The IAKF got really riled, Smith says, by the plight of Janet Kennedy and her husband, Rich, franchisees in Tampa, Florida. “This was a franchisee who was relatively new, very enthusiastic, and in five years had built up a center from 0 to 300 students, and someone working hard within the Kumon system for positive change. She was one of the franchisees, though elected to the advisory council was suddenly removed for a policy change.”
The Kennedys, reached by phone, say Janet became ill last fall after a stressful incident that involved firing a staff member. Rich, who had been doing the books, stepped in to keep the center operating while his wife received medical treatment. After a flurry of phone calls back and forth with franchise management and much disagreement about keeping the center open, “within 10 days they issued an involuntary termination,” Rich says. “We asked for support because we had paid an extraordinary amount” in royalties over the years to operate the center. “Clearly the treatment we were receiving was different from others.
“They took 28 percent in royalty, and our net profit for the five-year period was $10,000,” Rich says. “And that was well over 200 students. And what they have done this year is they changed the staffing model. It took a profitable center with nearly 300 students and turned it into a center that was losing money.” He says attorneys are considering what to do next, and they’re not ruling out legal action.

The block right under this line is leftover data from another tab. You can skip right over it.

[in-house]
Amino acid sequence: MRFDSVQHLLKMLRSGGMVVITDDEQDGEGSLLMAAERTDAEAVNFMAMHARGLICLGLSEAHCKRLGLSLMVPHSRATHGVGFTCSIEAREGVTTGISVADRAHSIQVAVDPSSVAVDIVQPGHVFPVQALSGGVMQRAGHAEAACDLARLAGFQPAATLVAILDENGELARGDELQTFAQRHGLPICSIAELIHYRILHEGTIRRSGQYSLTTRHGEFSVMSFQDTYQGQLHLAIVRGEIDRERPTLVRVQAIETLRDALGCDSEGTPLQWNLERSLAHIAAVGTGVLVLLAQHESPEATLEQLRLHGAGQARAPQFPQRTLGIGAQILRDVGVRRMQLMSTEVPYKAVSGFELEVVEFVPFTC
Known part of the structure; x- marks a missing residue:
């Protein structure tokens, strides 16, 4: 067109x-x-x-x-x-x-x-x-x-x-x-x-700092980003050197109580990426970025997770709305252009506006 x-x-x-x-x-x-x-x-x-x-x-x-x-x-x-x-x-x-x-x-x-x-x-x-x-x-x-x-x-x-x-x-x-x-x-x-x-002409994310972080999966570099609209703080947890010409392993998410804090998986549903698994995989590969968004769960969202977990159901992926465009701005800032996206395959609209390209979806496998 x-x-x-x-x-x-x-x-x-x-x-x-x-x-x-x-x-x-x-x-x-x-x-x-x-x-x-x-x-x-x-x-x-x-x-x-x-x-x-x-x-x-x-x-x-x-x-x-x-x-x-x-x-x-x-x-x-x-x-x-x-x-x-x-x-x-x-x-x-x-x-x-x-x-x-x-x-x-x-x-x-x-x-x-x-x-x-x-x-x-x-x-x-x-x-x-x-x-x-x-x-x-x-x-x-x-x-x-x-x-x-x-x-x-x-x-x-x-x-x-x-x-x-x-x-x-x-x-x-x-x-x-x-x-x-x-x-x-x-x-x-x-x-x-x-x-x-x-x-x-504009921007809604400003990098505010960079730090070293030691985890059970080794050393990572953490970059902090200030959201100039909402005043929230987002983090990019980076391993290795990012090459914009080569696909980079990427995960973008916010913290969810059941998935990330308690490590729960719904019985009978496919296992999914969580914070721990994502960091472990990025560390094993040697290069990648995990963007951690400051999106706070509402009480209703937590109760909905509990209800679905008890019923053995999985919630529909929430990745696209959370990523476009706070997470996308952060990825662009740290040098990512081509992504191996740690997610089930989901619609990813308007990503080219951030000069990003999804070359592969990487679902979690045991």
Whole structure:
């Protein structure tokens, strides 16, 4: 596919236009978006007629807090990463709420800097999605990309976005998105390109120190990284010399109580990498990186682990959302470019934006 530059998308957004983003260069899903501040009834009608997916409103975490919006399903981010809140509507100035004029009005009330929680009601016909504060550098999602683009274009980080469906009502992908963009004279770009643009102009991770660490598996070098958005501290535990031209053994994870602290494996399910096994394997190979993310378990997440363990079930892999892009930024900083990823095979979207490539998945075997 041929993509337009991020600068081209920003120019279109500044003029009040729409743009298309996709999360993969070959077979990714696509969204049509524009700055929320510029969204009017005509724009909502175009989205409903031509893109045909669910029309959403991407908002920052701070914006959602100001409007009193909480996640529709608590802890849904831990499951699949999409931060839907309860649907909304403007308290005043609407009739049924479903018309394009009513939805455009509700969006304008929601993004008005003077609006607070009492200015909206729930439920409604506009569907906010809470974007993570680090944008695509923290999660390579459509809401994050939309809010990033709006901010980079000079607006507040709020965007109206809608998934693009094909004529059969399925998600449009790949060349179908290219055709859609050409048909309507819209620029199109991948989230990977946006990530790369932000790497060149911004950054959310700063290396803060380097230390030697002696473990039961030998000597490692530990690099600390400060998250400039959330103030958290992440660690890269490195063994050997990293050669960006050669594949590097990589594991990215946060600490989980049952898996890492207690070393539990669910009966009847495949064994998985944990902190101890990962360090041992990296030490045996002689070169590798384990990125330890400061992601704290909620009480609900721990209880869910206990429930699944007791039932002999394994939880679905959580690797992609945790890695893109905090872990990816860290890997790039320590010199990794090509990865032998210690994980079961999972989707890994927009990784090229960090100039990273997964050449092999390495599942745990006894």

He and Janet were nearing retirement, Rich says, and want to recoup their initial investment, which was $60,000. “I had to put another $30,000 into it just to close the center. It’s really a cautionary tale, in some ways. Unfortunately I would say to other franchisees, you’ve got to be very careful because you don’t know where it’s going to land you.”
Lichtenstein, the corporate counsel for Kumon North America, vehemently denies the Kennedys’ claims. “We truly believed we had done everything we could have done for that center to remain open,” he says, after detailing a list of actions that was nearly as long as the Kennedys. And he repeats his denial of retaliation. “We train our field staff, our branch managers, to know that they are partners, and their job is to make sure the franchisees succeed. And if any field staff ever intimidates them, that is absolutely unacceptable conduct from our view.”
Nativo maintains there’s nothing to the franchisees’ claims, except for resistance to change by a few. “We feel the IAKF is completely adversarial and they do not conduct themselves in good faith. But nonetheless we have open forms of communication,” Nativo says.
Smith of the IAKF sums up the situation this way: “The franchisor, unfortunately, has become quite hostile. They’ve communicated in every way that they really would like compliance; they would like agreement with their policies and their direction. And any form of bringing up issues they see as negativity that needs to be squashed.”
She was pleased with an email from Kumon North America President Akira Hamanaka on February 6, notifying franchisees that Savio Rebelo, formerly chief operating officer, resigned effective February 4. The management team had presented itself as a “united front” until recently, Smith says, yet this move shows there was internal strife.
So a franchisor sees things decidedly one way, and some franchisees see it completely the opposite. Both sides say they want to avoid litigation. “I almost never think of legal action, because courts can’t solve business problems. It’s not illegal to be inept,” says Selden, the association’s attorney.
What is clear from the opposing viewpoints: Kumon’s attempt to re-brand their franchise is teaching some very hard lessons.